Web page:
Since January 2016, Northern Territory Police report that complaints continue to be made, however, responsibility for handling such complaints now rests with the Domestic Violence Unit.

A 2015 survey on online abuse and harassment conducted at the Royal Melbourne Institute of Technology (RMIT) reported that 1 in 10 Australians (between 18 and 55 years of age) have had a nude or semi-nude image of them distributed online or sent onto others without their permission, with10.7% reporting that someone had taken a nude or semi-nude image of them without their permission; 9.3% reporting that someone had posted such images online or sent them onto others; and 9.6% reporting that someone has threatened to post nude or semi-nude images of them online or send them onto others.[10]

Cyber Civil Rights Institute (anon-profit public charity in Florida, United States of America) hosted a survey on the website ‘’ from August 2012 to December2013, in which participants visited the website and completed the survey of their own accord. A total of 1,606 individuals responded to the survey.[11] The responses are as follows:

  • 61% of respondents said they had taken a nude photo/video of themselves and shared it with someone else;
  • 23% of respondents were victims of non-consensual sharing of intimate images;
  • 83% of victims (of non-consensual sharing of intimate images)said they had taken nude photos/videos of themselves and shared themwith someone else;
  • 90% of victims (ofnon-consensual sharing of intimate images)were women;
  • 68% were 18-30 years old, 27% were 18-22 years of age;
  • 57% of victims said their material was posted by an ex-boyfriend, 6% said it was posted by an ex-girlfriend, 23% said it was posted by an ex-friend, 7% said it was posted by a friend, 7%said it was posted by a family member;
  • 51% have had suicidal thoughts due to being a victim;
  • 93% of victims said they have suffered significant emotional distress due to being a victim;
  • 82% said they suffered significant impairment in social, occupational, or other important areas of functioning due to being a victim;
  • 42% sought out psychological services due to being a victim;
  • 49% said they have been harassed or stalked online by users that have seen their material; and
  • 30% said they have been harassed or stalked outside of the Internet (in person, over the phone) by users that have seen the material online.

Significant numbers of respondents that were victims also reported as follows:

  • 34% said it has jeopardised their relationships with family;
  • 38% said it has jeopardised their relationships with friends; and
  • 37% said that they have been teased by others due to being a victim.

Victims also reported fears for the future:

  • 40% fear the loss of a current or future partner once he or she becomes aware that this is in their past;
  • 54% fear the discovery of the material by their current and/or future children;
  • 55% fear that the professional reputation they have built up could be tarnished even decades into the future;
  • 57% occasionally or often have fears about how this will affect their professional advancement; and
  • 52% feel as though they are living with something to hide that they cannot acknowledge to a potential employer (such as through an interview).

Victims reported impacts on their engagement online:

  • 25% have had to close down an email address and create a new one due to receiving harassing, abusive, and/or obscene messages;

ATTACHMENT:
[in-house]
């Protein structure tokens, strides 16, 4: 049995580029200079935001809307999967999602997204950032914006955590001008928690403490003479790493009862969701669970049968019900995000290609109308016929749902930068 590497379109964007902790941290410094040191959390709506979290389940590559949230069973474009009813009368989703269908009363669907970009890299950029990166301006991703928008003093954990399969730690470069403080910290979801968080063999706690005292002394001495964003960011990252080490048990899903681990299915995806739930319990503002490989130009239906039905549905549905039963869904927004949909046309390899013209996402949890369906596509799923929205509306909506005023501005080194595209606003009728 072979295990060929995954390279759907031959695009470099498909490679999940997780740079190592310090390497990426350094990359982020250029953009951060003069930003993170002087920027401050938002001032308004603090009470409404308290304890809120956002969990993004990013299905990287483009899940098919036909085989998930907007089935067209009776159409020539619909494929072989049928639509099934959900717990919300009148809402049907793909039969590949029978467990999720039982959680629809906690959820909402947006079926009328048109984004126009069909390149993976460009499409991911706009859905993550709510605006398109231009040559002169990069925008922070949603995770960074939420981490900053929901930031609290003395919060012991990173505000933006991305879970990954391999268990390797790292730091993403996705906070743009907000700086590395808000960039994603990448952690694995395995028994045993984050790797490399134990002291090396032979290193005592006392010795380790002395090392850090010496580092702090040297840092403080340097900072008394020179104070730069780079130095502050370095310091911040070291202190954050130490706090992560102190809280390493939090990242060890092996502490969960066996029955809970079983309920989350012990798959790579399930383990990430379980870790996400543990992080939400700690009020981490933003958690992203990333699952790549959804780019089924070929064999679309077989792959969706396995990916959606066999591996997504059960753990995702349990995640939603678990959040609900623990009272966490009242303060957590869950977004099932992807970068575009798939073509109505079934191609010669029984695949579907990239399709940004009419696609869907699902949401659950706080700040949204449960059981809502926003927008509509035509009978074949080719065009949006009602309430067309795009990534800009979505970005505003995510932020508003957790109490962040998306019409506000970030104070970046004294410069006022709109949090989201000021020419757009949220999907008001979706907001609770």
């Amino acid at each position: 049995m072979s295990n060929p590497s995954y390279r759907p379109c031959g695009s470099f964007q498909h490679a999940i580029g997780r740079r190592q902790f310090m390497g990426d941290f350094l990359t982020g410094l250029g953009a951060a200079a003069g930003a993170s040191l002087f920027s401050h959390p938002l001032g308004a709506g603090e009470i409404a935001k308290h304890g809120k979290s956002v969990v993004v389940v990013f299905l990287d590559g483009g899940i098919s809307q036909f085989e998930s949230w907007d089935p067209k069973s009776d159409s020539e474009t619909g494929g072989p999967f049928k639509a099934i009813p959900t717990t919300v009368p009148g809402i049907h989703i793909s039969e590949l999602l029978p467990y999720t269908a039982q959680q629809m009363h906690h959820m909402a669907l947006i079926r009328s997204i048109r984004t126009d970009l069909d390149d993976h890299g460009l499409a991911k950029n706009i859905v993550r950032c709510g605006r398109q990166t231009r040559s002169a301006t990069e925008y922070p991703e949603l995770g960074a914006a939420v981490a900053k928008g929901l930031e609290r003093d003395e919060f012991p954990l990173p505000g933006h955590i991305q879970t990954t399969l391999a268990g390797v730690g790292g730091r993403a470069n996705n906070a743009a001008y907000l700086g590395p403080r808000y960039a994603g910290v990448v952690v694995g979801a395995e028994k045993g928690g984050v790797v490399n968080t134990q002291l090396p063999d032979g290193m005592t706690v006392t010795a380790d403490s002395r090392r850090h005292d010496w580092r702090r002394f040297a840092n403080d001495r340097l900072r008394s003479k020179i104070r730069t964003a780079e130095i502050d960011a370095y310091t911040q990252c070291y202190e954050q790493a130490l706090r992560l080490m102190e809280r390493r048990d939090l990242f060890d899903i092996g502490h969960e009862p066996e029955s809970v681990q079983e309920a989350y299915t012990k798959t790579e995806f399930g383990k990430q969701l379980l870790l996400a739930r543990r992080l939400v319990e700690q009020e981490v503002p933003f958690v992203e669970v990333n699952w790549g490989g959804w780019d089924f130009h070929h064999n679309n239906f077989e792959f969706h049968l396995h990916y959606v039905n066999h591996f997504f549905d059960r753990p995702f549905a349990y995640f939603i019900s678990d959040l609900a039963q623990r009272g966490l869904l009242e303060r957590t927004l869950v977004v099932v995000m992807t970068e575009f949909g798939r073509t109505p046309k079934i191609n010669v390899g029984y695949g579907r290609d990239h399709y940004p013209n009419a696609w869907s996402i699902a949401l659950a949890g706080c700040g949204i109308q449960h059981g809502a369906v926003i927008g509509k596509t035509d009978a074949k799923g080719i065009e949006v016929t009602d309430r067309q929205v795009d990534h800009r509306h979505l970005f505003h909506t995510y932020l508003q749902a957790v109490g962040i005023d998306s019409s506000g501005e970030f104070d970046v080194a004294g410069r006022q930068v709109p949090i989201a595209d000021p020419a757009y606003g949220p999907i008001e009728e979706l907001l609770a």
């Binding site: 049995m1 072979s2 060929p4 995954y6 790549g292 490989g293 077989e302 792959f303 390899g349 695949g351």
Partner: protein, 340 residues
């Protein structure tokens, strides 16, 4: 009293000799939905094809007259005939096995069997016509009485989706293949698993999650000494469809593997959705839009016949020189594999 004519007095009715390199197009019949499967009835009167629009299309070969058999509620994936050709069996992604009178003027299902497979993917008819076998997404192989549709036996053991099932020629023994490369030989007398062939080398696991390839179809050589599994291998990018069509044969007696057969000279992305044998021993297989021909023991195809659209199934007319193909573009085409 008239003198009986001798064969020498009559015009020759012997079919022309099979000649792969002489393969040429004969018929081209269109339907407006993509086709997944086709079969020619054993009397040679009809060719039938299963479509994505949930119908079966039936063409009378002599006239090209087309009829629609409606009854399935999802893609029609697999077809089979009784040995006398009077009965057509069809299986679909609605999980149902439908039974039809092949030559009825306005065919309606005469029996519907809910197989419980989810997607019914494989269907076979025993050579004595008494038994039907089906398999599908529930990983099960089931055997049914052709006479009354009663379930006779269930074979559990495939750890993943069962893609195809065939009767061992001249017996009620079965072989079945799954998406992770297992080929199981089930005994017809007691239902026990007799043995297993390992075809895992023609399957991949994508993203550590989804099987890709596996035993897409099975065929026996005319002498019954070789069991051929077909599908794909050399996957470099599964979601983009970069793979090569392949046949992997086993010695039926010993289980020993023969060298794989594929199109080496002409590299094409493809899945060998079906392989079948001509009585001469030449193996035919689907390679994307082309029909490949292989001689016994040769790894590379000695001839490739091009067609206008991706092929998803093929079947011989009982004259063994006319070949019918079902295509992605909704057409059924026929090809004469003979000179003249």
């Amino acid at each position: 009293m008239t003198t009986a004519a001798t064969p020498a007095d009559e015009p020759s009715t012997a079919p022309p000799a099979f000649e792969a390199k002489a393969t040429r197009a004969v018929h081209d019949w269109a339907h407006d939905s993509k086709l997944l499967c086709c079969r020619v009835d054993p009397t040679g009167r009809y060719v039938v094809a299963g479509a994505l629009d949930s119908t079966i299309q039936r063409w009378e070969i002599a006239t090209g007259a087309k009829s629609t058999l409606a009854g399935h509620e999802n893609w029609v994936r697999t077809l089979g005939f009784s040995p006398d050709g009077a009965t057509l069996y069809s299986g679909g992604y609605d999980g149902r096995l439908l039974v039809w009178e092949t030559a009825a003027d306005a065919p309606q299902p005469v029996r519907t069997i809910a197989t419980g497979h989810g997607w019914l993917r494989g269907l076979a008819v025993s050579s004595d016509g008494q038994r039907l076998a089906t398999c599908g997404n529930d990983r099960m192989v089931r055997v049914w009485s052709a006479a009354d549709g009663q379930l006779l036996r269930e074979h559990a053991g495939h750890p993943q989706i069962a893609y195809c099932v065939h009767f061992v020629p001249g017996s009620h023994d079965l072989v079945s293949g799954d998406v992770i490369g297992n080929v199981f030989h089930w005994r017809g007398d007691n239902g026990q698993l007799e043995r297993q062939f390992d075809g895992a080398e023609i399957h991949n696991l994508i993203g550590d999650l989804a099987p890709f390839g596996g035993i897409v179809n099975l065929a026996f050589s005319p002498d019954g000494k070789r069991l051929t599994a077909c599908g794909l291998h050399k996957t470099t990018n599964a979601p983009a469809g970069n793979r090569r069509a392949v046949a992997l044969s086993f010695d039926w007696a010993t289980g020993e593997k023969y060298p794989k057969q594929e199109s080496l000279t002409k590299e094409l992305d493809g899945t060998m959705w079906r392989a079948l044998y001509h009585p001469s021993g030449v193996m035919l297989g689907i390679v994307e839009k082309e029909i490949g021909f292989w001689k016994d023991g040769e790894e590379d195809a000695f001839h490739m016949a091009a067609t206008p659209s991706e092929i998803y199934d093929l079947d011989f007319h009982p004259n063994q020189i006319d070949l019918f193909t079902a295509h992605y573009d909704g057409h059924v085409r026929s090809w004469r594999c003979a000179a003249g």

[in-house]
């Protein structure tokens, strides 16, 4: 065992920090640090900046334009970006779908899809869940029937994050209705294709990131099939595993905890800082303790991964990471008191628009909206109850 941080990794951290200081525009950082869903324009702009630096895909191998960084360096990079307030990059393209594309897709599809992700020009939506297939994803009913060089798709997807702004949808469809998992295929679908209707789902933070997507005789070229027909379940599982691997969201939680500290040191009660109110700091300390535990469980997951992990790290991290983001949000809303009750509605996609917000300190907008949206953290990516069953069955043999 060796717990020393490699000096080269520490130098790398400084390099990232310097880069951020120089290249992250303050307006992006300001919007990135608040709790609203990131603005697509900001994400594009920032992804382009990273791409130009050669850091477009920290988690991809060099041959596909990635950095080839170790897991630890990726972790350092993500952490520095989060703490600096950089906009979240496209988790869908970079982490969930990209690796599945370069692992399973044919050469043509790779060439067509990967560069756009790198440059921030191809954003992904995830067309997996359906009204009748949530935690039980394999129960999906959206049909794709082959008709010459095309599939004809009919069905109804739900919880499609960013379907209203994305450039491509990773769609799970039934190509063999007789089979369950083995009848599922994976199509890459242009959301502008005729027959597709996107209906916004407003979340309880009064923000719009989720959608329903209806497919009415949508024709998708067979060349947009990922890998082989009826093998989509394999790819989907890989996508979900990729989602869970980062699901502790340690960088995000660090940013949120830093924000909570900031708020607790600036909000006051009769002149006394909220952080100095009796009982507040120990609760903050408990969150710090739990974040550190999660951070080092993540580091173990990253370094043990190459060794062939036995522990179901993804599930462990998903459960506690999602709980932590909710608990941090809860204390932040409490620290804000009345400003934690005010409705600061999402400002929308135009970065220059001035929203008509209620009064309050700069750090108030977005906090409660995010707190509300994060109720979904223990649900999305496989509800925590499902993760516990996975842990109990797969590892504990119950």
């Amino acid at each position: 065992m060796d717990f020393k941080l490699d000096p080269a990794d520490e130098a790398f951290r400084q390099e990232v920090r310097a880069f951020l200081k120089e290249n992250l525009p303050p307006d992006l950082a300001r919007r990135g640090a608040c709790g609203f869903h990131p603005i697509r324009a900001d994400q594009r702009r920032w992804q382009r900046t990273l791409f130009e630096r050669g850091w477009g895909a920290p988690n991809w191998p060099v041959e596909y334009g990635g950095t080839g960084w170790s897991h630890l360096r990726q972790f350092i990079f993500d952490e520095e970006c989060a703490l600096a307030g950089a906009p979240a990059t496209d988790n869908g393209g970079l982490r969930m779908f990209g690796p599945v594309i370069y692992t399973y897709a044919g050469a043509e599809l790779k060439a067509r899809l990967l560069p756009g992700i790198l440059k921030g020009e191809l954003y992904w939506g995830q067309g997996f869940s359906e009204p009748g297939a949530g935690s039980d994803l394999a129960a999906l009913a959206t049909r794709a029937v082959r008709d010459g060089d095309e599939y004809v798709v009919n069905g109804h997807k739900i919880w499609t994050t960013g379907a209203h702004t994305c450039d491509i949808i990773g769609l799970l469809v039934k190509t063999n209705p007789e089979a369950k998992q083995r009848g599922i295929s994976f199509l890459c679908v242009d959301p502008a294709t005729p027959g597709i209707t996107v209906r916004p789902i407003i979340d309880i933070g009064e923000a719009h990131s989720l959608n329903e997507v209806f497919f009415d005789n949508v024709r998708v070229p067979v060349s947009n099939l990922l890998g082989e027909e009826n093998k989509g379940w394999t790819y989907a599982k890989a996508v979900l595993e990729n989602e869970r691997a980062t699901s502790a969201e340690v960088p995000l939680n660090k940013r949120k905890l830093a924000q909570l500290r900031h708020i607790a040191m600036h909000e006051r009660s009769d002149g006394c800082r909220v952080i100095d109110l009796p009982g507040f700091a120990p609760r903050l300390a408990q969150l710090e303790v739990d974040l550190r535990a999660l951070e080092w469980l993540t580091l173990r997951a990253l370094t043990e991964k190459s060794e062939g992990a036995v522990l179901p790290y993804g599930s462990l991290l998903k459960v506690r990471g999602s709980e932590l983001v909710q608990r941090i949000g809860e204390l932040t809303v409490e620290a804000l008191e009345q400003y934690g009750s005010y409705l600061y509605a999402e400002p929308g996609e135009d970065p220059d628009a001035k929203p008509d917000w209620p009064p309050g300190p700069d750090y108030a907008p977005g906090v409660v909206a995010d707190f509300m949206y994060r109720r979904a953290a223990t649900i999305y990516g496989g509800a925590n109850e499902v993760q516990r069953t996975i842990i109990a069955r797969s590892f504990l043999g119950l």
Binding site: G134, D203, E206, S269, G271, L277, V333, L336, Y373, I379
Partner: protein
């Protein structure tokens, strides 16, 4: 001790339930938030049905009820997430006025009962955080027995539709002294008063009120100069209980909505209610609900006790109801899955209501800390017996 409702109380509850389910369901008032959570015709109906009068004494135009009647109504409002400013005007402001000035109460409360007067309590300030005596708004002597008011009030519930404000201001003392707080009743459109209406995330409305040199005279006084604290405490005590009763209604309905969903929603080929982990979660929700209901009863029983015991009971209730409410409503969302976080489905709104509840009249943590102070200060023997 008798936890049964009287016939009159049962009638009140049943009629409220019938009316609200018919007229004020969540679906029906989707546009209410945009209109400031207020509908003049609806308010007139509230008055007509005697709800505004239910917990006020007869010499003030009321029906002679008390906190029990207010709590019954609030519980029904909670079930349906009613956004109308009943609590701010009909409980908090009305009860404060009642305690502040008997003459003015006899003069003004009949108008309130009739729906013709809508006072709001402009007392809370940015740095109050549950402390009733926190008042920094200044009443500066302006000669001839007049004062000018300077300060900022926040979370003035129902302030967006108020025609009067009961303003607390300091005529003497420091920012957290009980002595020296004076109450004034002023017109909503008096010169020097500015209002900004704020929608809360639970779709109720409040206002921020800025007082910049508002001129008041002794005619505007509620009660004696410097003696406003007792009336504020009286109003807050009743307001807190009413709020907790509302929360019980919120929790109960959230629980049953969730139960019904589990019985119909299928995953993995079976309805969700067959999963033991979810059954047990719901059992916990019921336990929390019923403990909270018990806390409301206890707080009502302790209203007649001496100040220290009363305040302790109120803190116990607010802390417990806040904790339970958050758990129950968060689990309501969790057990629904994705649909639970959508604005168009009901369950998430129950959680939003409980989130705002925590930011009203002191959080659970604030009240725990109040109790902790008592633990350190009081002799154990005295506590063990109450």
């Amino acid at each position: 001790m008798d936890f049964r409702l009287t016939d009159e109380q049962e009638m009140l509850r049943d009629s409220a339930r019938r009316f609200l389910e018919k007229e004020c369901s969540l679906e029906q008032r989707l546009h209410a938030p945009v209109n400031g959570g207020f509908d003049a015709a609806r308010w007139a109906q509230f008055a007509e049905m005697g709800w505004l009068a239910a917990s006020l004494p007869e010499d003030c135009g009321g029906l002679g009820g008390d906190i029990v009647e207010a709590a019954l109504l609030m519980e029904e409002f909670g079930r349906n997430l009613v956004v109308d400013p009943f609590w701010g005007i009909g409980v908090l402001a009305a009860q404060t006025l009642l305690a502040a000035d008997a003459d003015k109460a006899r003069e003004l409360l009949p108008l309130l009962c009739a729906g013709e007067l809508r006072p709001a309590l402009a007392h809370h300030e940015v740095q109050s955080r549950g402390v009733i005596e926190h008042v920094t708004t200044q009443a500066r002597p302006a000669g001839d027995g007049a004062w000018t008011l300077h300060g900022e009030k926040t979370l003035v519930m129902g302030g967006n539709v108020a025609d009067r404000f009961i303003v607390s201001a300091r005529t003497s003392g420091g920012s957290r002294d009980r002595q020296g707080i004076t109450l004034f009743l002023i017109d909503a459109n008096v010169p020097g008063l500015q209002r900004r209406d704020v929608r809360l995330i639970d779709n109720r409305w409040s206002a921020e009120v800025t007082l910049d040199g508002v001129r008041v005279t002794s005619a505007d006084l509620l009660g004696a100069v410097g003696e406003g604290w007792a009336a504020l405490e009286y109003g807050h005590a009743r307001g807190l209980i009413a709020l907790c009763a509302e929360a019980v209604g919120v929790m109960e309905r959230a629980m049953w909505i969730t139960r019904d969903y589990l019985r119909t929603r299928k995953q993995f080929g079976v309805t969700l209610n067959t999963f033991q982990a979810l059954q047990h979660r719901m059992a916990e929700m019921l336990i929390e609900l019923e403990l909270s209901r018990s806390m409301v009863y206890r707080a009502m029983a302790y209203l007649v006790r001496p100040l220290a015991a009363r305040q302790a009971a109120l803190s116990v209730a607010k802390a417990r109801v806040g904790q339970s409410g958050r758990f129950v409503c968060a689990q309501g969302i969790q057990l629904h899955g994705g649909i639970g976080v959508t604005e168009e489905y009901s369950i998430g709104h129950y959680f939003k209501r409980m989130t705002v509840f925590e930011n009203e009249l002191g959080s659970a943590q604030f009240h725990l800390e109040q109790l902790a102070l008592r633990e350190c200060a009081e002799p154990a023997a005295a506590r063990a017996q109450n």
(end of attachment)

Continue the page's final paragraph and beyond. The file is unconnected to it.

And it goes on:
• 26% have had to create a new identity (or identities) for themselves online; and
  • 26% have had to close their Facebook account (11% closed their Twitter account; 8% closed their LinkedIn account).

Victims also reported impacts on their employment or education:

  • 26% have had to take time off from work or take fewer credits in, or a semester off, from school due to being a victim;
  • 42% have had to explain the situation to professional or academic supervisors, co-workers, or colleagues;
  • 6% were fired from their job or kicked out of school;
  • 8% quit their job or dropped out of school;
  • 13% have had difficulty getting a job or getting into school;
  • 39% say that this has affected their professional advancement with regard to networking and putting their name out there;
  • 54% have had difficulty focusing on work or at school due to being a victim;
  • 3% have legally changed their name due to being a victim; and
  • 42% haven’t changed their name, but have thought of it.

A survey of 1,000 Australian women by Symantec for Beyond Blue identified that over half had been harassed online, while 76% of surveyed women under 30 years of age had been victims of online harassment. While only 6% were victims of non-consensual sharing of intimate images, this grew to almost 10% for women under 30 years of age.[12] The impact on victims is clearly significant and cases of suicide have been linked to non-consensual sharing of intimate images.[13] It is clear that itis timely to examine whether existing laws are sufficient to regulate this behaviour.

There is a significant amount of legislative reform occurring in this area globally and in Australia. Victoria and South Australia have enacted legislation creating stand-alone offences for the
non-consensual sharing of intimate images. New South Wales and Western Australia have announced plans to introduce similar legislation.

The Senate Committee carefully considered and made recommendations, including recommendations for Commonwealth legislation dealing with this matter. The Senate Committee identified that jurisdictional issues within Australia hinder both victims and police in pursuing allegations of non-consensual sharing of intimate images and accepted that uniform legislation across Australia would substantially address these issues. It is clear that there is impetus for action and that this conduct remains a serious and increasing concern; further thata level of
co-ordination is needed. A Bill dealing with these matters was before the previous Federal Parliament, prior toits dissolution in April 2016.